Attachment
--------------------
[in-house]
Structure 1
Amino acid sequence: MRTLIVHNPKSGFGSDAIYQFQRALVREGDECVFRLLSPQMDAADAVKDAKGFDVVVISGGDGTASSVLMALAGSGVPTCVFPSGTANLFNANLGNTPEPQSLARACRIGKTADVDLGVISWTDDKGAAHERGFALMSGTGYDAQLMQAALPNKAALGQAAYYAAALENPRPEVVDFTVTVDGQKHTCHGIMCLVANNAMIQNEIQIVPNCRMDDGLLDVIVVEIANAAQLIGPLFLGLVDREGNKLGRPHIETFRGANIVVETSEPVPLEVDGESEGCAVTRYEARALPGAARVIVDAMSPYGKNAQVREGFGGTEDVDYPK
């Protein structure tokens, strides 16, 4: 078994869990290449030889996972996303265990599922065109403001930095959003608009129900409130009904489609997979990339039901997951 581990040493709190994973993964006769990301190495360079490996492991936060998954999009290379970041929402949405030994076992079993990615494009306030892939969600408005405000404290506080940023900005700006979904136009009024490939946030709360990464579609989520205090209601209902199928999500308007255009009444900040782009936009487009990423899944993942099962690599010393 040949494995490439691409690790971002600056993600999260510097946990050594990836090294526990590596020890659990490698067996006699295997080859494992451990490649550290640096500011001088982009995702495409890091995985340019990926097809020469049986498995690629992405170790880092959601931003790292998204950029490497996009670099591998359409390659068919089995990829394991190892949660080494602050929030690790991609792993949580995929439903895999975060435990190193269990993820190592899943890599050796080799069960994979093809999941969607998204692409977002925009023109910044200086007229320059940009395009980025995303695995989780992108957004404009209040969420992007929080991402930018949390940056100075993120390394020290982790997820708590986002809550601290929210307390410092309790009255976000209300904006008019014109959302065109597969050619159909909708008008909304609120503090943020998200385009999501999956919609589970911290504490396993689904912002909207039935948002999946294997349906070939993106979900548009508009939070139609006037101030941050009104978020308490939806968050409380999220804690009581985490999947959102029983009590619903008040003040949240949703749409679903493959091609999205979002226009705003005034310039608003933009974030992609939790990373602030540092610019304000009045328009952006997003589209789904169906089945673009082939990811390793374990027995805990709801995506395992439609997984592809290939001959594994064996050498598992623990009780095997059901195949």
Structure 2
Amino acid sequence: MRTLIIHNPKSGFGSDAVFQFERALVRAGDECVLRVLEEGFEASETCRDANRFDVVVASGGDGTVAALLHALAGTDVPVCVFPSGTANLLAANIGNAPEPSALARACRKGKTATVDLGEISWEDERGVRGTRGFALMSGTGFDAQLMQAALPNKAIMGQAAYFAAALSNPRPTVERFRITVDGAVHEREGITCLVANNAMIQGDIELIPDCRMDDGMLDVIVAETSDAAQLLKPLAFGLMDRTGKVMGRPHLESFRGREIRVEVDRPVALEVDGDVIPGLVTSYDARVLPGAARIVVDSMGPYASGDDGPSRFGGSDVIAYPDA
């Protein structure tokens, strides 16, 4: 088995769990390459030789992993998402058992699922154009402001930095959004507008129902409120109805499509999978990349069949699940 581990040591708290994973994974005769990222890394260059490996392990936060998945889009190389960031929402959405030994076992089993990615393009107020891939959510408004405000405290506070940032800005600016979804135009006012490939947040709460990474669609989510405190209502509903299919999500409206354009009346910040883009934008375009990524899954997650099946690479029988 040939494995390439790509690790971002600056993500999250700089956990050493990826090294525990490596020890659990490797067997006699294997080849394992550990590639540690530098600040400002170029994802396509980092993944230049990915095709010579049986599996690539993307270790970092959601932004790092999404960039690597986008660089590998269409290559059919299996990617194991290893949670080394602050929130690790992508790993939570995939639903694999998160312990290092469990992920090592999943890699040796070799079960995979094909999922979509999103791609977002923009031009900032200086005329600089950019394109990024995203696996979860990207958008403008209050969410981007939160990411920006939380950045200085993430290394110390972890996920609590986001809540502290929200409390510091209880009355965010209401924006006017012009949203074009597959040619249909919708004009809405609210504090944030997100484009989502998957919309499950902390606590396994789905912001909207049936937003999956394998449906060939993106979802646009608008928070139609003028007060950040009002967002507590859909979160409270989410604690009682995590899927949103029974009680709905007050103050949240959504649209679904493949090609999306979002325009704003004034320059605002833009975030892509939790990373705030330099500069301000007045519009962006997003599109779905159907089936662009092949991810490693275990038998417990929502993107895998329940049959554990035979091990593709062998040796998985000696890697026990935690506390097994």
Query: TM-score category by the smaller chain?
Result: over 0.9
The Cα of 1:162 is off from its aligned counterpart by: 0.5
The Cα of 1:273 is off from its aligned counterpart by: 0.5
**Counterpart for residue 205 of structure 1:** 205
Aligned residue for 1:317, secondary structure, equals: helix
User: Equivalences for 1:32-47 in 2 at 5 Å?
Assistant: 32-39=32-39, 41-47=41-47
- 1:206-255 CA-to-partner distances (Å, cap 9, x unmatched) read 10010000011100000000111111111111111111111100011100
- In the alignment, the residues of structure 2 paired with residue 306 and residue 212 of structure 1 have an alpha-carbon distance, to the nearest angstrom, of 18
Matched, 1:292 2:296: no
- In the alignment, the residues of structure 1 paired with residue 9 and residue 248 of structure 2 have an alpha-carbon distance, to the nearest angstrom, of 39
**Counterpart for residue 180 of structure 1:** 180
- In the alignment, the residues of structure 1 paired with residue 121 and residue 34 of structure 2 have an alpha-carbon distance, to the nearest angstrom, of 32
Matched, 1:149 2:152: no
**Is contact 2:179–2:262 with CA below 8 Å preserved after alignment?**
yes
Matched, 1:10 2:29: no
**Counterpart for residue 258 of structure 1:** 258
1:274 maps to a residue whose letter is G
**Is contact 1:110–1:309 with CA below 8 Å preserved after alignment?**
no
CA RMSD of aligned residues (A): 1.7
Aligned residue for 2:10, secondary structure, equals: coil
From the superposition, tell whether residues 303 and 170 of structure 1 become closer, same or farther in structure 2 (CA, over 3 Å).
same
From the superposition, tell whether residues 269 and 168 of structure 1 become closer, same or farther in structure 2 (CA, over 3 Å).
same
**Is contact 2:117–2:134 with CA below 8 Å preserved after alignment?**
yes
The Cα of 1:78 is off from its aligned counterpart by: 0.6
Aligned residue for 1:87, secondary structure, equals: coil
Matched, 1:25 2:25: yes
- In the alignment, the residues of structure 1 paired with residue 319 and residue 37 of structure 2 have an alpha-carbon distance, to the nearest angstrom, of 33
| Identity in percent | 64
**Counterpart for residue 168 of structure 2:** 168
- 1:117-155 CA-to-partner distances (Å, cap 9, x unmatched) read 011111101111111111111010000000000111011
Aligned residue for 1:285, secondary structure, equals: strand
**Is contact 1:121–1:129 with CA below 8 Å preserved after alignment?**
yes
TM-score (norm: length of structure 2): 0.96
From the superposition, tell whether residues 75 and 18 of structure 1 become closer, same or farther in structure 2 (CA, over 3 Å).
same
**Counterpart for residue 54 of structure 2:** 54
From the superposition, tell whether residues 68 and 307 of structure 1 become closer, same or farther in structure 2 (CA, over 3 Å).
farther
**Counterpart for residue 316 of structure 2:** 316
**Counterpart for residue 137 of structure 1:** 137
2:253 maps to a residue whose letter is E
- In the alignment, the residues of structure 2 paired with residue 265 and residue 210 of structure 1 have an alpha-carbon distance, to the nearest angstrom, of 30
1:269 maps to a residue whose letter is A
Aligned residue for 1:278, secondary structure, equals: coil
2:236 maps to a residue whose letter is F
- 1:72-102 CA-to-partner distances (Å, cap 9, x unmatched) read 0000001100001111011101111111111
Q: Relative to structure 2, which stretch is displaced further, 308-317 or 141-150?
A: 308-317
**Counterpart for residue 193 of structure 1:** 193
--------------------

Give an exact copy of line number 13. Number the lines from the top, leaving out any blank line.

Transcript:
Aligned residue for 1:317, secondary structure, equals: helix